Saturday, April 20, 2013

Chanel and the Horse

Thumbing through Marie Claire in my two minutes of down time this week, I encountered a lovely two page Chanel spread with a horse. Ah...wandering through a cobble-stoned old town with a tiny Chanel handbag on a lovely....maybe its a Lippizaner?

My Perfect Day

That guy is hot!

This guy is hotter!

Thursday, March 28, 2013

Revelations in Ground Training

As you may recall from recent posts, I moved to a new state and thus a new barn. I also am leasing a new horse. This guy's name is Nikodemus. Niki D  has begun to irritate me over the past few weeks. He has consistently had no respect for my personal space on the ground; he has been biting me and chewing up my tack; and he wouldn't pay any attention to me when it was time to mount by grazing so that it would take me like 20 minutes to get on him. I was starting to get anxious about this when I wasn't with him. How to control him began to wake me up at night. So silly.

So, I did some research.

The biting issue was my biggest issue. There were two things I read which I decided to try out, though I had little faith: stop hand feeding the horse, and don't get close enough to the horse to let him bite you.

I also renewed by subscription to Giddy Up Flix. I ran into this video called "Defining your Space" by Gawani Pony Boy. This seemed EXACTLY what I needed to do and wanted to do. Below is the trailer.

Side note, which you may elect to skip over follows!

The whole "natural horsemanship" thing seemed like it made some kind of sense, though I personally feel that anything defined as "natural" is a subjective, culturally infused concept. Based on a medical anthropology graduate education, "natural" is a shifting concept very much related to the time frame and concept in which it is used. In my mind, "natural hosemanship" works because it has an underlying theory. That's it. There is nothing "natural" about it. It is really just a consistent, theoretical approach and framework and works because of its consistency. But really, I digress.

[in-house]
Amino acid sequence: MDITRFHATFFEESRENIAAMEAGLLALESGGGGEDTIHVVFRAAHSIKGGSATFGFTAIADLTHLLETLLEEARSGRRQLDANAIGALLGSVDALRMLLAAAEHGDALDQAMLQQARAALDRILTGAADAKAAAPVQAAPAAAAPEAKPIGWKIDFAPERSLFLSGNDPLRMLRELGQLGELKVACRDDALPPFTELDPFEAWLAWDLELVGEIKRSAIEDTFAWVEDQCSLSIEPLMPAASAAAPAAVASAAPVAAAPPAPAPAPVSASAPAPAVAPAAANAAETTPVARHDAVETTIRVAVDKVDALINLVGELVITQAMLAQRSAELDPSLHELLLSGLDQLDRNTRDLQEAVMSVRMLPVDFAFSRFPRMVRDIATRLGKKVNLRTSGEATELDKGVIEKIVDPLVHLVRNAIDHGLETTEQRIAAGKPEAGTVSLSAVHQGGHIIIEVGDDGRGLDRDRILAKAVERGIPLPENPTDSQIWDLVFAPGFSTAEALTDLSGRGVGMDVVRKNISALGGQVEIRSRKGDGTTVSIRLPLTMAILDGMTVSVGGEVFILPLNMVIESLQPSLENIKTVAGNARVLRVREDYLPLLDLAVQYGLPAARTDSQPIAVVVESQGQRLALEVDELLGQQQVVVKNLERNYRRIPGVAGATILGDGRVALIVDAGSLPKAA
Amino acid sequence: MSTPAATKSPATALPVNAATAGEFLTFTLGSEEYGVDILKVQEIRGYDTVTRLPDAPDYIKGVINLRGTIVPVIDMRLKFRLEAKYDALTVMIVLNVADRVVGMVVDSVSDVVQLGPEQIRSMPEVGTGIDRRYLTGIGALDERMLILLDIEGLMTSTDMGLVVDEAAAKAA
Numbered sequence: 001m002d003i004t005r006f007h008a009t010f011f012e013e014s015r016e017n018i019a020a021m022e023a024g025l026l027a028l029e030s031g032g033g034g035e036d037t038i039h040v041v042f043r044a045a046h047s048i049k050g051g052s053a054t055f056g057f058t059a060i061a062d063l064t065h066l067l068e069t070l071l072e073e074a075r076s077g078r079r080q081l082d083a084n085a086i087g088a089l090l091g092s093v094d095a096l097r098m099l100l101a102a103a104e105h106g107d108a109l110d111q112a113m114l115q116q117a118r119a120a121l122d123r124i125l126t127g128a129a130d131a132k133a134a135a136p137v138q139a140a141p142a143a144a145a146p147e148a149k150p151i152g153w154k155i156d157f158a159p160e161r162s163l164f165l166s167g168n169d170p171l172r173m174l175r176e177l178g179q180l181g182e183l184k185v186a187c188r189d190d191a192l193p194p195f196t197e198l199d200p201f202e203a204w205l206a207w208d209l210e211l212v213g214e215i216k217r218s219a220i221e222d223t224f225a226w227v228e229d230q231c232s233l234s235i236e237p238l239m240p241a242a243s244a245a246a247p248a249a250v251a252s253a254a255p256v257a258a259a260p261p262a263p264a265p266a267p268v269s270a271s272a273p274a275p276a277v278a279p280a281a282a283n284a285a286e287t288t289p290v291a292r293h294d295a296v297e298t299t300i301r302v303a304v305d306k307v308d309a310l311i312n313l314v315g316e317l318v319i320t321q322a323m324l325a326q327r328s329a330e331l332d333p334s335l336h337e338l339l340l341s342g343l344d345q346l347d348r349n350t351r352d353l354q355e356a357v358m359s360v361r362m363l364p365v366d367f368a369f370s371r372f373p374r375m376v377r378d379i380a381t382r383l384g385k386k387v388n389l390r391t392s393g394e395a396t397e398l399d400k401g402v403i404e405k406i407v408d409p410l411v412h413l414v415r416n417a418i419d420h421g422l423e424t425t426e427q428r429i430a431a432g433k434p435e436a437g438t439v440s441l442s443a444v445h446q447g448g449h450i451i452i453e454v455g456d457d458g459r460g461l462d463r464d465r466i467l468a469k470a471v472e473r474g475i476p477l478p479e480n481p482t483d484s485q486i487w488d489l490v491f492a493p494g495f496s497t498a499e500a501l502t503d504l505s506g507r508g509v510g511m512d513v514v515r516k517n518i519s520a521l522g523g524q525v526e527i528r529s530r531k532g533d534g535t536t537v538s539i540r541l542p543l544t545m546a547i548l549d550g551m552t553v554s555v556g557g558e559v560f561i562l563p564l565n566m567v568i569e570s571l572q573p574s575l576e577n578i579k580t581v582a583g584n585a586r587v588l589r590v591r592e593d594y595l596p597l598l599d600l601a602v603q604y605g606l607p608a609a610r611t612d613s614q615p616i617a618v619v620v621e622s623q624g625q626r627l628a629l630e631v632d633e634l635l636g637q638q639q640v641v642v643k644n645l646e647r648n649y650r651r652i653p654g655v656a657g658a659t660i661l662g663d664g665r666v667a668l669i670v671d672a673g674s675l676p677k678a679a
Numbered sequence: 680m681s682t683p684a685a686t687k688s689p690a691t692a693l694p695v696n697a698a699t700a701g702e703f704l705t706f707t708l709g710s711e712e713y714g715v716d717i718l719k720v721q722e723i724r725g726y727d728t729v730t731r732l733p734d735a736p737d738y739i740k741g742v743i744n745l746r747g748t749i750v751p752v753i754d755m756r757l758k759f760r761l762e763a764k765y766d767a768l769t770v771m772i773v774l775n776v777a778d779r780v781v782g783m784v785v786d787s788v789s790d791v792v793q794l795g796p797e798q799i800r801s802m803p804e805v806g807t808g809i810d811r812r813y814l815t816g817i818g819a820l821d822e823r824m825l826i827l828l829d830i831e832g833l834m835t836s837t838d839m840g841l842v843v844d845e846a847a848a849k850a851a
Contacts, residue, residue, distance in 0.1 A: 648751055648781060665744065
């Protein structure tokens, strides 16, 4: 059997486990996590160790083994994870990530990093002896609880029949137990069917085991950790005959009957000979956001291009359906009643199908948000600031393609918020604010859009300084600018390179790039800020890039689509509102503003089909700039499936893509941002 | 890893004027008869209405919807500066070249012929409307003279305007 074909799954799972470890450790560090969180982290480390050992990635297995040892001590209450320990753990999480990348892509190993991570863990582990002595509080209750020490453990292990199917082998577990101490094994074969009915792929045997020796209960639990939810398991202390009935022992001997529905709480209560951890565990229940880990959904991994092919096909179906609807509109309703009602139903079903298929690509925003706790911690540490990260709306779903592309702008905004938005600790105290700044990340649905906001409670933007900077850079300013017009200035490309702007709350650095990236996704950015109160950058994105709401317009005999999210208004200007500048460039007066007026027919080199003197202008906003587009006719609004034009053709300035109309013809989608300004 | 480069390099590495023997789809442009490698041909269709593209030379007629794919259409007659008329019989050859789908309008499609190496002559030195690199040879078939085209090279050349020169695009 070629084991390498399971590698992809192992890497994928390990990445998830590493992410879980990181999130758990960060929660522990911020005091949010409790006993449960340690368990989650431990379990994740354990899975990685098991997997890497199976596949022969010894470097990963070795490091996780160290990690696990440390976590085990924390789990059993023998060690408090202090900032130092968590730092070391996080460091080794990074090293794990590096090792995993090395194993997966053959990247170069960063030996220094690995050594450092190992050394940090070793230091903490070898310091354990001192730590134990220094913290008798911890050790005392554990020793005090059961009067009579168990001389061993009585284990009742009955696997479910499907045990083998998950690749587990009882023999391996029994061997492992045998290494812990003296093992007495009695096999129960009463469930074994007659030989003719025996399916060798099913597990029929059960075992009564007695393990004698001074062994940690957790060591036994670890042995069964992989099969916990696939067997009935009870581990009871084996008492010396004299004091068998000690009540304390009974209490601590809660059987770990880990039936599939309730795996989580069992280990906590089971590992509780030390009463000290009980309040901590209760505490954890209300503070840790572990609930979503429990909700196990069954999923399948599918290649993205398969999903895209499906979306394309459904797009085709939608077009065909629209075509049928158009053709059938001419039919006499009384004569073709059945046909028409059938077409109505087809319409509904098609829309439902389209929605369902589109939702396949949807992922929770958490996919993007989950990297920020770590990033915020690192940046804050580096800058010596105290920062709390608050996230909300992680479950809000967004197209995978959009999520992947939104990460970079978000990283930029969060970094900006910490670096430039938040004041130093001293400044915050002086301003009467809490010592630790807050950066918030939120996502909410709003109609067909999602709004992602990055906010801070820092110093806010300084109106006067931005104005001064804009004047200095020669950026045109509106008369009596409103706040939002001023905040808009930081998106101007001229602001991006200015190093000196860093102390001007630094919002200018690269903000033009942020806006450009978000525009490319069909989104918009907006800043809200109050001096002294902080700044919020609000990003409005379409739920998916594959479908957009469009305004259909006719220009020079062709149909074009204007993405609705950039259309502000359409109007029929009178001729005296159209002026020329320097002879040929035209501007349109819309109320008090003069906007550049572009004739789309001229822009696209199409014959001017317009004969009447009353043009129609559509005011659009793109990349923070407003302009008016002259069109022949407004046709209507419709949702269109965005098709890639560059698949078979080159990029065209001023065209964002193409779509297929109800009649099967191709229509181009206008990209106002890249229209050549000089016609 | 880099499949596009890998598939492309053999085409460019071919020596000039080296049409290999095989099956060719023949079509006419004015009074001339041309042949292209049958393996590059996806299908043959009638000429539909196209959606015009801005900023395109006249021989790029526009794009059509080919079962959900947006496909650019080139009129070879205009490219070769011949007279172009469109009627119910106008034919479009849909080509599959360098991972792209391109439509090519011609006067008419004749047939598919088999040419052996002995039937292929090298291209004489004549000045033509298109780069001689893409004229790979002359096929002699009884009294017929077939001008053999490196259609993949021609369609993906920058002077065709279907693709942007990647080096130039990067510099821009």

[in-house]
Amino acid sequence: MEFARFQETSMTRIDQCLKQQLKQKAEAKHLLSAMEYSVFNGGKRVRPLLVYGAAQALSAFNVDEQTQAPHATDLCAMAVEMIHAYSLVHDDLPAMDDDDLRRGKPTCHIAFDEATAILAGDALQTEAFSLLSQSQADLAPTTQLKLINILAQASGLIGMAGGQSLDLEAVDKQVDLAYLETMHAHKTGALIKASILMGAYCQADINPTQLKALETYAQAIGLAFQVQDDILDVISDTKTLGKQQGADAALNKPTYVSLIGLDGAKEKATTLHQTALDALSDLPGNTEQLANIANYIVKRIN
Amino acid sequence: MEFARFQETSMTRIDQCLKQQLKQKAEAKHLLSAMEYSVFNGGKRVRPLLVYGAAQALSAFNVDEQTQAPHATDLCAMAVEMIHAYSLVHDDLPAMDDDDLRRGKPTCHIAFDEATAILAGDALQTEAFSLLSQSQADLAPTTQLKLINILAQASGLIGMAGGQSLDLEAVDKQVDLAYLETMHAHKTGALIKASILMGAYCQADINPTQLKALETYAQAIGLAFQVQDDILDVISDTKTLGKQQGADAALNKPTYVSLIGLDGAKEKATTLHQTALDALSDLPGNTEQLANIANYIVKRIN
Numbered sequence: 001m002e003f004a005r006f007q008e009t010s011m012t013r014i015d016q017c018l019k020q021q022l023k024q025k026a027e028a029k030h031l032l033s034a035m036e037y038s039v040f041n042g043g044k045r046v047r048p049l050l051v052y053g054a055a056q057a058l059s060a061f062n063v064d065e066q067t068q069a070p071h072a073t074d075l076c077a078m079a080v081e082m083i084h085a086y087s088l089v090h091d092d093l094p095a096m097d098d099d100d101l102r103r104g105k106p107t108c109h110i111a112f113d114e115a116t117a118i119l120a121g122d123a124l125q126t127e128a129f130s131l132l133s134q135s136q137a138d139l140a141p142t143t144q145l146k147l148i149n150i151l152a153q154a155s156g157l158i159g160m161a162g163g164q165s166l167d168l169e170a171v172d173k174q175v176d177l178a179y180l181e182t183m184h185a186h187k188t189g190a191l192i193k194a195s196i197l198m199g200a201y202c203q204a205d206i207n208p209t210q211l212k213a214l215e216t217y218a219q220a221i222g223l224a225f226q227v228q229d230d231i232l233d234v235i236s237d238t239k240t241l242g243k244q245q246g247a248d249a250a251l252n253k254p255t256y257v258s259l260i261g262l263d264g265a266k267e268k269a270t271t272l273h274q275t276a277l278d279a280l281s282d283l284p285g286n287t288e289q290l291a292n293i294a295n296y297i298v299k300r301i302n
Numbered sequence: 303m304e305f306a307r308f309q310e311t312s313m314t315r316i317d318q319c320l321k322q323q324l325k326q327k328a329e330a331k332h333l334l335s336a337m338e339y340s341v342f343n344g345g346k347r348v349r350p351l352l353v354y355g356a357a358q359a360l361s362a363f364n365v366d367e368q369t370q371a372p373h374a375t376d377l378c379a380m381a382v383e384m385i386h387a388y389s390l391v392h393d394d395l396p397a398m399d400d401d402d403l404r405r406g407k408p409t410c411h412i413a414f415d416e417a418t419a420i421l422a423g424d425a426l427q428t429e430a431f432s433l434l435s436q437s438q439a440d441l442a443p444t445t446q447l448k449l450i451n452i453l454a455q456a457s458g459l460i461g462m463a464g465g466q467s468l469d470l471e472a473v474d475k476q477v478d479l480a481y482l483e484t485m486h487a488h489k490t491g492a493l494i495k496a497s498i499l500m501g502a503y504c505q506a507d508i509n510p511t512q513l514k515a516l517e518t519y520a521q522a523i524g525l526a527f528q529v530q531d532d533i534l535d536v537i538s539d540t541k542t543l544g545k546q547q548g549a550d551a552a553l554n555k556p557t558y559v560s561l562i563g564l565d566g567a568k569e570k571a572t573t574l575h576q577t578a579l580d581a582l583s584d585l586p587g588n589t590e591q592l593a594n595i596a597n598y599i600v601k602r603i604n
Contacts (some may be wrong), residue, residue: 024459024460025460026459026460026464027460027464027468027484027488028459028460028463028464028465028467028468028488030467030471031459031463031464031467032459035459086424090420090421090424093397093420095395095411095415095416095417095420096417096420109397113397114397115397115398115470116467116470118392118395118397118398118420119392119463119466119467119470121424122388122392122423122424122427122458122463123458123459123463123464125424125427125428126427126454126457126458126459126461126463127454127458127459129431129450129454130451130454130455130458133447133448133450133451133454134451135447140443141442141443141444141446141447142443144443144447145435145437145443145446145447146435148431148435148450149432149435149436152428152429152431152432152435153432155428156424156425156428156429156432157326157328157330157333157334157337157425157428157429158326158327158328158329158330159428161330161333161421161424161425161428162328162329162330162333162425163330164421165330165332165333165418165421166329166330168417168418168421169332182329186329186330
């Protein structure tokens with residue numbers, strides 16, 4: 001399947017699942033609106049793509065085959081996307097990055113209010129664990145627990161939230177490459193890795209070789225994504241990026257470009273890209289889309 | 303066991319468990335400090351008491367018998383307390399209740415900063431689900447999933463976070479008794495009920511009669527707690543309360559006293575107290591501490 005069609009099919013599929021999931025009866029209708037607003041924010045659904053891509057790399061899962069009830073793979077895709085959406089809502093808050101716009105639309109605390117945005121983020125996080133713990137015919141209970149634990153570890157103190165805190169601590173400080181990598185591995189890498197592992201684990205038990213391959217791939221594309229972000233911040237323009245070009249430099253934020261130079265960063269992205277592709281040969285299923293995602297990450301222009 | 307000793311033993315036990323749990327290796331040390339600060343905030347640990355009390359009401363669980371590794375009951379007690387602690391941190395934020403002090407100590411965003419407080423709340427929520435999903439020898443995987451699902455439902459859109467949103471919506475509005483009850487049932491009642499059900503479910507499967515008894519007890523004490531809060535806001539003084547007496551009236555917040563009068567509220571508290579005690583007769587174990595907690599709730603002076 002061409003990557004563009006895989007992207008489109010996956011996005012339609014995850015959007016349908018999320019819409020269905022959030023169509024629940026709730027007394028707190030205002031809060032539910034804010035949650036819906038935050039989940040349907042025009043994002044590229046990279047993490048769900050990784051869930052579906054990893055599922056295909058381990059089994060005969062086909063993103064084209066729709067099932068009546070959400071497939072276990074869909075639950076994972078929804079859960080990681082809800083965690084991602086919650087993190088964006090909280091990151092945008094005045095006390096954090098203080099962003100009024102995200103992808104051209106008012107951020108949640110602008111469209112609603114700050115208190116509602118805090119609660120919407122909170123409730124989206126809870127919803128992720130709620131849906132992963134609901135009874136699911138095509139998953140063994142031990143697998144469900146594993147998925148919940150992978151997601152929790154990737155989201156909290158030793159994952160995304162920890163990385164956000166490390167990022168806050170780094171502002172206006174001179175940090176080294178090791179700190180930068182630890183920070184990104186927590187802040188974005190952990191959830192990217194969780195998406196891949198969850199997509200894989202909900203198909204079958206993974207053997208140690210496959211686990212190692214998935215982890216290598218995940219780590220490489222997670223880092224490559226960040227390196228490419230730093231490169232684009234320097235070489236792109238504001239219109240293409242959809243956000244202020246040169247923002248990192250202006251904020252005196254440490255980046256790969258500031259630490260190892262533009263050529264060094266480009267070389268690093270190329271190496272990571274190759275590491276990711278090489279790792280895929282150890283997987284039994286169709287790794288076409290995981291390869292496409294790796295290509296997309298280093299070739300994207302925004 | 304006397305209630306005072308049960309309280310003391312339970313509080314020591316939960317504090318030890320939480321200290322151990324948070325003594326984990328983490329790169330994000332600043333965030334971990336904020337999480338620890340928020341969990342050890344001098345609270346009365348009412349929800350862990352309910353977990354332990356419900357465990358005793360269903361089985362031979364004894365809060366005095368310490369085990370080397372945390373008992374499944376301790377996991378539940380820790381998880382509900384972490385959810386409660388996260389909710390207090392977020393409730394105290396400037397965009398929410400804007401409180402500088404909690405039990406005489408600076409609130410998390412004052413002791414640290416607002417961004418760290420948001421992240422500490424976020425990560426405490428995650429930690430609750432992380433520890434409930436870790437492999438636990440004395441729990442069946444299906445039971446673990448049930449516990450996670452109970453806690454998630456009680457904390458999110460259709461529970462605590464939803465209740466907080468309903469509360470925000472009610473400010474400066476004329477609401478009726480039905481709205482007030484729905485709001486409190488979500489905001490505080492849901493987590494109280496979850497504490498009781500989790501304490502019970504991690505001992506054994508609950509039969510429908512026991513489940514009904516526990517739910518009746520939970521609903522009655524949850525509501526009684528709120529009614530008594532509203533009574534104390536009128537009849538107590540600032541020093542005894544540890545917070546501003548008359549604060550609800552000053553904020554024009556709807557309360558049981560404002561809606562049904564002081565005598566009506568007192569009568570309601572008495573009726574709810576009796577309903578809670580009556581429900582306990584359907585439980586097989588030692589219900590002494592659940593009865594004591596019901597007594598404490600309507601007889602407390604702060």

Every time I watch one of these "natural horsemanship" videos, they always seem so....un-me. The practitioners are usually Western riders and generally male. They use round pens to which I do not have access. The horses are usually not warm bloods. You don't see dressage riders parading this stuff. Everyone at my last hunter barn totally made fun of the concept.

So, after watching "Defining your Space," I thought to myself, "I don't know if this is for me." Mr. Carrots really thought I should try it out though. Gawani Pony Boy's first exercise is controlling the horses feet in a round pen. He did a few moves like throwing a rope in front of the horse and making noises at the horse. The goal is to get the horse going around you in a large circle, controlling his direction and distance from you.  Didn't know if I could swing this. The second exercise was leading the horse, expecting him to stop three feet behind you, and then stepping back when you turned around at him.

Amazingly, this all worked. I put a minimum amount of effort into this for a massive pay back. I sort of modified each of the exercises into something that seemed do-able for me as a small, timid-when-it-comes-to-horses lady.

I took Nik-the-Mouth into what I had available: a square turnout. I took him off the lead and let him go naked. He cantered off, immediately into a circle around me. I was able to get him to go in the other direction by just twirling the lead when he stopped. This was FAR easier than I thought it would be.

Then, I did the exercise where I would lead him. It seriously took the horse about 3 walks then stops to totally get what I wanted. He was so smart.

Lastly, I did this "still as a statue" exercise that I saw Julie Goodnight do once.